I’m a jogger. Even admitting that in an organisation like London 2012 is something I do with trepidation. You see, we have Olympic and Paralympic medallists in the team. There are folk who casually take on a triathlon course before coming to work in the morning. We have people who run deserts and one who has rowed across the Atlantic. My jogging is the most dilettante form of weekend ambling, and certainly doesn’t justify the term 'running'.
However, ever since joining LOCOG a couple of years back I’ve harboured the secret ambition to go running with Seb Coe.
This morning at 7am, just as the sun was coming up here in Vancouver, it happened.
There was a modest course of just 300 metres in Stanley Park, along the spectacular waterfront overlooking the city’s downtown district. To be honest, it wasn’t just me and Seb. There were thousands of other joggers, spectators and more of the world’s media than you could shake a satellite truck at. And even Arnold Schwarzenegger got in on the act…
This was the final day of the Vancouver 2010 Olympic Winter Games Torch Relay. Seb was chosen to help bring the torch on its triumphant arrival in the City of Vancouver after 106 days, and more than 45,000 kilometres, around Canada. Arnie was running the leg before Seb and their handover, or 'torch kiss' as it's known, was such a media magnet that the relay was almost brought to a halt.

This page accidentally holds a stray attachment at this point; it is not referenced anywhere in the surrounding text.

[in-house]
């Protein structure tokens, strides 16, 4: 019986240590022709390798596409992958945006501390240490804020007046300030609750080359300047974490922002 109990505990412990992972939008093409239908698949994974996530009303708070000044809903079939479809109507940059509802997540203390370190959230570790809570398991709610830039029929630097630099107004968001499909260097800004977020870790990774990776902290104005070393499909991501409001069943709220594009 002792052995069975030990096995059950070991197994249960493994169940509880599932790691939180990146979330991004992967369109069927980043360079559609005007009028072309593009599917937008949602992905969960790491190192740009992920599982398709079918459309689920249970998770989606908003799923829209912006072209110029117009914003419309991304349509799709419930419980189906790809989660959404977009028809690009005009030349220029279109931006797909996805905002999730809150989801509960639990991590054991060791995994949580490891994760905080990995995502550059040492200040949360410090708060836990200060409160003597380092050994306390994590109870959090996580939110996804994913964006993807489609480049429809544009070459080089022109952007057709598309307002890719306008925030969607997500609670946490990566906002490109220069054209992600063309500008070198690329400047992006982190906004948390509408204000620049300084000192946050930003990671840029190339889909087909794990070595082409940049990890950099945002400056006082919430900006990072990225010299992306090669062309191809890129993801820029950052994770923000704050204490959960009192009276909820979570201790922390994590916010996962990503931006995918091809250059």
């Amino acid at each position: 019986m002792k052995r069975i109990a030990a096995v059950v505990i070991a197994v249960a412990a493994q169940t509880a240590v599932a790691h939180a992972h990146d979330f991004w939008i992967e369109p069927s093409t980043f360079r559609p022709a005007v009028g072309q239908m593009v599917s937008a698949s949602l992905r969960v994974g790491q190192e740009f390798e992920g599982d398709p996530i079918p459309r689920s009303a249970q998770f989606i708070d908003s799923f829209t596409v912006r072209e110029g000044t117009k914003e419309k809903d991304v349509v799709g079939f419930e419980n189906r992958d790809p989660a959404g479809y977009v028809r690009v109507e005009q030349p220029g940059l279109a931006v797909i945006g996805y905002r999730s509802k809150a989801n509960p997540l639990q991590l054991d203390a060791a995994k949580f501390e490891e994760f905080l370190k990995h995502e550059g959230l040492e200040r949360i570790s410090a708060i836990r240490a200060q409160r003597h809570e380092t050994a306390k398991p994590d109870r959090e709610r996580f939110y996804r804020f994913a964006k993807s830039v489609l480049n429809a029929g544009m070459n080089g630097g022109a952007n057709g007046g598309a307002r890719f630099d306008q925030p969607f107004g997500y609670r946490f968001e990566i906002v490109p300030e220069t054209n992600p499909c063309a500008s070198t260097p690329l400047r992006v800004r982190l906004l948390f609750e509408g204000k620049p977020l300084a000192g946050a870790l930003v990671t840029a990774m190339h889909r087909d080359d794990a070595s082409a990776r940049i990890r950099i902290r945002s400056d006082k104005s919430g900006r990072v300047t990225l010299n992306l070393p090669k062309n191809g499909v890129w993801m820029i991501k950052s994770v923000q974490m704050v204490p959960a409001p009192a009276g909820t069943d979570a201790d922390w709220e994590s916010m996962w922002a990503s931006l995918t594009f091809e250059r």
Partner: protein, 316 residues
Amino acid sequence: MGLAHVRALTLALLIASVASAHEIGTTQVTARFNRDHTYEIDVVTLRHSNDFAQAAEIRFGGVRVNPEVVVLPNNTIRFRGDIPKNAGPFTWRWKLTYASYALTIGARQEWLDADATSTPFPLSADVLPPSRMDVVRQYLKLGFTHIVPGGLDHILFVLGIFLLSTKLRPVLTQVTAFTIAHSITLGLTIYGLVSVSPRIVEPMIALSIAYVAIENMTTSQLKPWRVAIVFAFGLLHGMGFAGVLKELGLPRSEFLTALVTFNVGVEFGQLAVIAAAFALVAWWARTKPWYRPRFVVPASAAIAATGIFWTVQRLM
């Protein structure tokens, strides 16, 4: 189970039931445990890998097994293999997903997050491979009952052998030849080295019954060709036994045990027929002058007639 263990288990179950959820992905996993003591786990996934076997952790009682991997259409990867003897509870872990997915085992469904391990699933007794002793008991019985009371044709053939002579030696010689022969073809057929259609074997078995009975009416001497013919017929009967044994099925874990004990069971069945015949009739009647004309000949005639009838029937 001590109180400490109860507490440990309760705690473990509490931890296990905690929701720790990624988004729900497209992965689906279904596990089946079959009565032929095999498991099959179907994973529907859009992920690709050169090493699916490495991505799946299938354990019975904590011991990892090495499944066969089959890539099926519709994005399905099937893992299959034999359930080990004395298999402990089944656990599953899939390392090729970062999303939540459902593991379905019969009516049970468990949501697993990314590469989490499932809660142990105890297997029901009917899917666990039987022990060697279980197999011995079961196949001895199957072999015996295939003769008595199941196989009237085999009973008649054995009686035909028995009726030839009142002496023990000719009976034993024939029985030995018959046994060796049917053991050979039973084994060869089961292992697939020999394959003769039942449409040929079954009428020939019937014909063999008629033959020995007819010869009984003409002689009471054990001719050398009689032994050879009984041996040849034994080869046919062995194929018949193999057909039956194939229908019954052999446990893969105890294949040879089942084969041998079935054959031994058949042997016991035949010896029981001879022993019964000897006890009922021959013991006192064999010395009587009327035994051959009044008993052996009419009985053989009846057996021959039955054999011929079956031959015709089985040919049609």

Today is the last day of an Olympic Torch Relay before London’s torch will be lit in Olympia in the spring of 2012. So a small group of the London2012 Ceremonies team is out here to learn as much as we can from the Vancouver Relay. Our Torch Producer, Deborah Hale, has spent the last three days working the kind of 18-hour days that has become a punishing norm for many of the Vancouver team over these last few months.
If any evidence of the power of the Olympic Flame were needed, we’ve seen it in spades. I spent an afternoon on one of the advance trucks, run by a commercial partner for the torch, as it toured North Vancouver heading up Grouse Mountain with the torch itself a few hundred metres behind.
Even in tiny communities and on narrow backstreets, the pavements were deep in flag waving, cheering torch fans. Schools emptied out with home made placards and cheerleaders. Old people’s homes braved the cold with rows of senior torchies waving from under rugs. Hoodies and head honchos alike seem able to buy into the simplicity of an Olympic flame and all that it stands for.
The torch bearers are not all global celebrities or Olympic medallists – indeed, the vast majority are extraordinary unsung heroes from ordinary communities around Canada. Their moment of fame with the torch does as much to shine a light on what they’ve achieved as on the enduring power of the Olympic movement.
As I write, Vancouver’s torch has just arrived near the stadium where, later tonight, the Opening Ceremony for the 2010 Games will see the last torch light the Olympic cauldron. And after that last Vancouver Olympic torch is extinguished, the very next one is ours.
And as to that momentous 300 metres this morning…well, I have to admit that Seb still has a very sprightly spring in the step (which meant I couldn’t keep up with him), but I reckon I could have taken Arnie. Although, had I done so, he might have been back…